Until recently, many of your clients would have been rejoicing at the fact that their pension savings were growing steadily. That took a turn when COVID-19 emerged.
While being in lockdown has left many feeling anxious about the future, we can take comfort in what we can control.
As a financial adviser, you have the chance to give your clients this control. You’re there to help them as they progress through different life stages and events.
By better understanding where they are in their journey, you can help them find a path to financial security.
While stock market instability affects everyone, the age of your client affects how much of an impact this has on their lives. We’ll take you through the common concerns of all your clients, depending on their life stages and common circumstances.
Your client has already retired
Clients in this position will feel like they’re trying to patch up a leaky bucket – especially if they’re relying on a drawdown fund. With your help, they can reduce their losses and start to plan ahead.
Your client will need extra reassurance at this stage, so remind them of your continued support. It also helps to be patient and listen. They may need to vent their concerns before they can consider tackling the problem.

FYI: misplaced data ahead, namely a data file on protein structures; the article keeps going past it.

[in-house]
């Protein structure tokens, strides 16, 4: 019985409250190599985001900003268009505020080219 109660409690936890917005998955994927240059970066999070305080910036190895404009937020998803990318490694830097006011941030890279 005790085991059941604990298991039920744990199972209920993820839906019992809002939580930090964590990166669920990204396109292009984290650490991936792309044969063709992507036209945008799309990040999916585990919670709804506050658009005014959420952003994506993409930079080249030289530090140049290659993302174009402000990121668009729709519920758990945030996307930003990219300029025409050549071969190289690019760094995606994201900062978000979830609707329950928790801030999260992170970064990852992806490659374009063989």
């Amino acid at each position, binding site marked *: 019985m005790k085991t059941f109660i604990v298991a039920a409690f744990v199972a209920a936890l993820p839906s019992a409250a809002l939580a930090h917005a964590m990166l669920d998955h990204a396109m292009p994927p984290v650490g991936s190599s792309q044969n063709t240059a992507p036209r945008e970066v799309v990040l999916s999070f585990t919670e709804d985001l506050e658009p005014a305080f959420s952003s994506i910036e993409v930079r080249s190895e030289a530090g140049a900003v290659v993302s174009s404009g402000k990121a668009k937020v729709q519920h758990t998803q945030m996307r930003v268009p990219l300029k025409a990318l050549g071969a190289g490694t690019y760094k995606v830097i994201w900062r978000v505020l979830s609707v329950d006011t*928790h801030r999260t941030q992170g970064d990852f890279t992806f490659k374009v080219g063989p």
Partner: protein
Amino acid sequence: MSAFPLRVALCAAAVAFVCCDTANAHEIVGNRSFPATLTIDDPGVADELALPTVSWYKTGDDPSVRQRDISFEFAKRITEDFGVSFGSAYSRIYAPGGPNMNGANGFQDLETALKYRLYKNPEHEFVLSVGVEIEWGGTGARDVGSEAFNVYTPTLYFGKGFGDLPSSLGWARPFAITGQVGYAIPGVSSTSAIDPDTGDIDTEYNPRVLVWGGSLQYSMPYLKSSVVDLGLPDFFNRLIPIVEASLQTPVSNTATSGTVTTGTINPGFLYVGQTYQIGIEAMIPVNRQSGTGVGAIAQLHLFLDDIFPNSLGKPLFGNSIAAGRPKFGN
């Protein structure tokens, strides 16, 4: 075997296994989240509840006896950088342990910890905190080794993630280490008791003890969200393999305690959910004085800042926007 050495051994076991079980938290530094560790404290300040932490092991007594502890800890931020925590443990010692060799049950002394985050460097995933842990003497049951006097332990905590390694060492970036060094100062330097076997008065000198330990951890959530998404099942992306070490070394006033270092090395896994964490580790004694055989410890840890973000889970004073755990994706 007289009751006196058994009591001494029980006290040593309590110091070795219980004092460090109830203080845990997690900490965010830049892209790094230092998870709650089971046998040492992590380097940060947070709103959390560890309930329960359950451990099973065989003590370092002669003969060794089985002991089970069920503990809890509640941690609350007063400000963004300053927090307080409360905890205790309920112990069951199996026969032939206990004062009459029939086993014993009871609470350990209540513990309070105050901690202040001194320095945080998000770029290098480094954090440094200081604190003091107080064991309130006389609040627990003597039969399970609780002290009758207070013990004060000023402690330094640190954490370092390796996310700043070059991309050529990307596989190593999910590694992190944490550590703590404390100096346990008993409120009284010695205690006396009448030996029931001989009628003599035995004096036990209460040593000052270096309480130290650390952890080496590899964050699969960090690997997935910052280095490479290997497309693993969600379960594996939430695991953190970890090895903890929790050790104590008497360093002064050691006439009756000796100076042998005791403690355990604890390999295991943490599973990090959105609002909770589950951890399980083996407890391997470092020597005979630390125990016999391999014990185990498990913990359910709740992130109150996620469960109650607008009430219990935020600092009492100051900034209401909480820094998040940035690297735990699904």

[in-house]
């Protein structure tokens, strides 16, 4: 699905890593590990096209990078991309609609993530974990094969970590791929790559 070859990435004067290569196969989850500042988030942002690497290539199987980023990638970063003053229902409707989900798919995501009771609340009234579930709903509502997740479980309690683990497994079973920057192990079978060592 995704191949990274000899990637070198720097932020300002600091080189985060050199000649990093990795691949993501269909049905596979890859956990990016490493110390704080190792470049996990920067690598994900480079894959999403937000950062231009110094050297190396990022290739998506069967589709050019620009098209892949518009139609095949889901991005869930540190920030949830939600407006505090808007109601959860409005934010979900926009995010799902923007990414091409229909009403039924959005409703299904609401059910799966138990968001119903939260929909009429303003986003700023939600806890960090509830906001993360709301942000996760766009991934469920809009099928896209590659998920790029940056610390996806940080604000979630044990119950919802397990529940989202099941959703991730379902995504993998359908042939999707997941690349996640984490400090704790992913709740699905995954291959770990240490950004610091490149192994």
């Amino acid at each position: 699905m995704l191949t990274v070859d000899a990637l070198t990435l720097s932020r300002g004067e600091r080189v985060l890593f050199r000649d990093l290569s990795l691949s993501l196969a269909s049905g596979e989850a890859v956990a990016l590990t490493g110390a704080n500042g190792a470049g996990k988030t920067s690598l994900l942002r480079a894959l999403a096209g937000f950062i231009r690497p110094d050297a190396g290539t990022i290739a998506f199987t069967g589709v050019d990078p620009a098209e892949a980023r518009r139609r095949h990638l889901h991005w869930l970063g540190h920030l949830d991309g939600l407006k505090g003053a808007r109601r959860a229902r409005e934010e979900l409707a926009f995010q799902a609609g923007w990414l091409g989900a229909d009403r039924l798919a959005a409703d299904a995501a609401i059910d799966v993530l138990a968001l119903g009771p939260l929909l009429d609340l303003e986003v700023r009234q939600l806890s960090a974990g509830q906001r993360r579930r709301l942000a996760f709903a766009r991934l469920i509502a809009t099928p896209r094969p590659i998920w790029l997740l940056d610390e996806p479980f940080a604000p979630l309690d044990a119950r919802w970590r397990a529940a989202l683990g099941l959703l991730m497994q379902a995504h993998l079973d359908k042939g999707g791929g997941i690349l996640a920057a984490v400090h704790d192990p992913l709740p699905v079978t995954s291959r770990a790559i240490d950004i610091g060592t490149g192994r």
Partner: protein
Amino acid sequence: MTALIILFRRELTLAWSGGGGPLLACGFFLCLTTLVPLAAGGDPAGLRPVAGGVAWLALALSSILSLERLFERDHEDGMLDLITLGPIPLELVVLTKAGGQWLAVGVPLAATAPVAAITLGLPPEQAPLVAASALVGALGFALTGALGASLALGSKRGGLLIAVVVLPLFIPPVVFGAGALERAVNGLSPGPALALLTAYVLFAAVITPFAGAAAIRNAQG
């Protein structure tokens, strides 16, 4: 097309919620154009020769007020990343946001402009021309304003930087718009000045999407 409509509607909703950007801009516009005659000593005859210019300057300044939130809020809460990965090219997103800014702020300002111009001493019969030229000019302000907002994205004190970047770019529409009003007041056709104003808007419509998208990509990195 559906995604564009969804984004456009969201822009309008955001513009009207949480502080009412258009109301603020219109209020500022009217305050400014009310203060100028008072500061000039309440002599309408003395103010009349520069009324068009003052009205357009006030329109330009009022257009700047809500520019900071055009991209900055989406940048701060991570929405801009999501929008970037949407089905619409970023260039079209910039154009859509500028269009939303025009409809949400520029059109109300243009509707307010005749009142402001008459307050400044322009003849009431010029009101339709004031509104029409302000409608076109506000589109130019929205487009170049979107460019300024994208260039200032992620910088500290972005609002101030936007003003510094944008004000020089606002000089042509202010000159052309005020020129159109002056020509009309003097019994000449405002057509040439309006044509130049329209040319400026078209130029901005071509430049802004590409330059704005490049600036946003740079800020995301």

Once you’re both ready to move forward, help them shift their focus from the present to the future. One way to do this is to explain strategies such as the three-bucket approach. Because it focuses on the short, medium and long-term, it could help them restore balance:
- The short-term bucket includes cash investments to fund the first few years of retirement. This bucket will only include cash which is used as spending money.
- The medium-term bucket looks ahead to help the client preserve capital. It can include cash but includes stable, low-risk investments.
- The long-term bucket is untouched for a longer period to fund the rest of the client’s retirement. Here, they will include their remaining income to fund riskier investments such as shares or property that will have time to grow.
Once you’ve established a plan for your client, you can help them revisit each bucket and continue to plan ahead.
Annuities and final salary pensions